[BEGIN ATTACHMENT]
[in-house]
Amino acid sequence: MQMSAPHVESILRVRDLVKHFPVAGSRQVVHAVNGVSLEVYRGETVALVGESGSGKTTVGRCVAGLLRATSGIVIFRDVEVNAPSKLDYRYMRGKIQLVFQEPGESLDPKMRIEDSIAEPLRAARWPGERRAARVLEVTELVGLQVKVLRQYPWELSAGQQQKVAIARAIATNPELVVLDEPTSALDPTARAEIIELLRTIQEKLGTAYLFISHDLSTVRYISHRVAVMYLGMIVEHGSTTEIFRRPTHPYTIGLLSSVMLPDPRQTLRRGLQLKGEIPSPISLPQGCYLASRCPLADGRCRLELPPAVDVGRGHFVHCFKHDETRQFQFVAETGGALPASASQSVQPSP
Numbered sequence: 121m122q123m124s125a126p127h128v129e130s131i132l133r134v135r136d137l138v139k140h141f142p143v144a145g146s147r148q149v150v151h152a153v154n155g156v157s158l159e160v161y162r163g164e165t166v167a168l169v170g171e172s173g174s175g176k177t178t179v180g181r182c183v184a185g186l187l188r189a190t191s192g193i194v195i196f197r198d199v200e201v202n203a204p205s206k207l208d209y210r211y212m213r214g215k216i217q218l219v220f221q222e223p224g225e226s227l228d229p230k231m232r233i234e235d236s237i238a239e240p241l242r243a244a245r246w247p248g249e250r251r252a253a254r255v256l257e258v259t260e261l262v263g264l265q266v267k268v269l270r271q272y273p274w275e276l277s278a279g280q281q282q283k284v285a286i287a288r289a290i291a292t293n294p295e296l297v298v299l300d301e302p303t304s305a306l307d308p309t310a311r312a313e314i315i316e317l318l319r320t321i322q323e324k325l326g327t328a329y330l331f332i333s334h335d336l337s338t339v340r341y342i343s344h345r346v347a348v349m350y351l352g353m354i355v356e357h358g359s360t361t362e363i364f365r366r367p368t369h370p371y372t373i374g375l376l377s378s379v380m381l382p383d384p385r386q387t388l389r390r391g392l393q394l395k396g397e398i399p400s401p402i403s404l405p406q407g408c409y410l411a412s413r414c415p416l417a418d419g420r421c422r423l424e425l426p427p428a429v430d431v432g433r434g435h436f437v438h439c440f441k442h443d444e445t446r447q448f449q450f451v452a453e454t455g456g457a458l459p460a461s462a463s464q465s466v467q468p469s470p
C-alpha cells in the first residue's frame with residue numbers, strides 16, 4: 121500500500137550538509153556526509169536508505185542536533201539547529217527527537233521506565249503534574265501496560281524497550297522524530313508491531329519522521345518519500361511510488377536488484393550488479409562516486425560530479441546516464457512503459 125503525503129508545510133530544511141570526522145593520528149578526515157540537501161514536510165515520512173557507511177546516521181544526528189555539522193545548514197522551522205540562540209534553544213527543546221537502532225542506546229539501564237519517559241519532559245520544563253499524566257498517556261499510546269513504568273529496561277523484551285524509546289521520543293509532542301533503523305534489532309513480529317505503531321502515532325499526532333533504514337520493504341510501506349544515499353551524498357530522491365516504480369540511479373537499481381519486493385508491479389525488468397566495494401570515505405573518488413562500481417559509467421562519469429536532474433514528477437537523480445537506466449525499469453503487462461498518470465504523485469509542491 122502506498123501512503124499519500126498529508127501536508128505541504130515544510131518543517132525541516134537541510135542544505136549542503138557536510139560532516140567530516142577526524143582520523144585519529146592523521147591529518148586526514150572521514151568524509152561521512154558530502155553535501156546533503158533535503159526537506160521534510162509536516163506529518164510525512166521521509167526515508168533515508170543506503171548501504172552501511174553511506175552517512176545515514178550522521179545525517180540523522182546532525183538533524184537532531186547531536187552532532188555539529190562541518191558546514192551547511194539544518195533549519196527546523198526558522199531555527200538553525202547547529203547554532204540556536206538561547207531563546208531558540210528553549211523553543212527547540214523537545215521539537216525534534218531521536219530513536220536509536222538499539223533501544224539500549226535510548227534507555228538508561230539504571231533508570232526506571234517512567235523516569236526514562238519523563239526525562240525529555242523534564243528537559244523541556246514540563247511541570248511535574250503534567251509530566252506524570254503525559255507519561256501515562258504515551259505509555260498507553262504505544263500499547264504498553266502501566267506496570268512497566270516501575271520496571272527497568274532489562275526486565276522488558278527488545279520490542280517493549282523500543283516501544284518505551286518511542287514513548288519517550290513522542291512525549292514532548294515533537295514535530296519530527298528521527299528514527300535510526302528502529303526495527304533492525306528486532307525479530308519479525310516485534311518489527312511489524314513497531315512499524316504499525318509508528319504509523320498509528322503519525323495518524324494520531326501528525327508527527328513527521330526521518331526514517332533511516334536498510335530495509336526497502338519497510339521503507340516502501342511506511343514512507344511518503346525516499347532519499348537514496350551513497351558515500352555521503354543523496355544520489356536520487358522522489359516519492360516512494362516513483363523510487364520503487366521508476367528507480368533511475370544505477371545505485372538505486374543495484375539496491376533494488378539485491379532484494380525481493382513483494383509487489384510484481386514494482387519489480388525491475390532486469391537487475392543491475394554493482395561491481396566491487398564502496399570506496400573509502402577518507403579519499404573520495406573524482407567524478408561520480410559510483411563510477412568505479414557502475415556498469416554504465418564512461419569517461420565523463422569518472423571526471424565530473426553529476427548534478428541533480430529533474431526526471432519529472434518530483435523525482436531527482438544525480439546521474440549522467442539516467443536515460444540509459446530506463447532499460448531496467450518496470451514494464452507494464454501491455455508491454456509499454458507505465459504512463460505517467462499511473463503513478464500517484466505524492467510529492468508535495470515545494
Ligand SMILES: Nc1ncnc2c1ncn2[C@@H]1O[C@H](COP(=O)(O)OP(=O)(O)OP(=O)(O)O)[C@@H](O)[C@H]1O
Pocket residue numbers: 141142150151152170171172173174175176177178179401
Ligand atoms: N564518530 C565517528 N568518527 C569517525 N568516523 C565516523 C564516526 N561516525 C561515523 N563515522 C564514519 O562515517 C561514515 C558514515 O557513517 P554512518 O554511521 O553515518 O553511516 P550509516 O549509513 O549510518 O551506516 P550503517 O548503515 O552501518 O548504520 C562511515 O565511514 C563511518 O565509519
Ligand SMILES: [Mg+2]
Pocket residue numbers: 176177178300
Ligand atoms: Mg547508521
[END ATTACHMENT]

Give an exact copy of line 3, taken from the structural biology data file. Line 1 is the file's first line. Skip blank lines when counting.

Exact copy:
Numbered sequence: 121m122q123m124s125a126p127h128v129e130s131i132l133r134v135r136d137l138v139k140h141f142p143v144a145g146s147r148q149v150v151h152a153v154n155g156v157s158l159e160v161y162r163g164e165t166v167a168l169v170g171e172s173g174s175g176k177t178t179v180g181r182c183v184a185g186l187l188r189a190t191s192g193i194v195i196f197r198d199v200e201v202n203a204p205s206k207l208d209y210r211y212m213r214g215k216i217q218l219v220f221q222e223p224g225e226s227l228d229p230k231m232r233i234e235d236s237i238a239e240p241l242r243a244a245r246w247p248g249e250r251r252a253a254r255v256l257e258v259t260e261l262v263g264l265q266v267k268v269l270r271q272y273p274w275e276l277s278a279g280q281q282q283k284v285a286i287a288r289a290i291a292t293n294p295e296l297v298v299l300d301e302p303t304s305a306l307d308p309t310a311r312a313e314i315i316e317l318l319r320t321i322q323e324k325l326g327t328a329y330l331f332i333s334h335d336l337s338t339v340r341y342i343s344h345r346v347a348v349m350y351l352g353m354i355v356e357h358g359s360t361t362e363i364f365r366r367p368t369h370p371y372t373i374g375l376l377s378s379v380m381l382p383d384p385r386q387t388l389r390r391g392l393q394l395k396g397e398i399p400s401p402i403s404l405p406q407g408c409y410l411a412s413r414c415p416l417a418d419g420r421c422r423l424e425l426p427p428a429v430d431v432g433r434g435h436f437v438h439c440f441k442h443d444e445t446r447q448f449q450f451v452a453e454t455g456g457a458l459p460a461s462a463s464q465s466v467q468p469s470p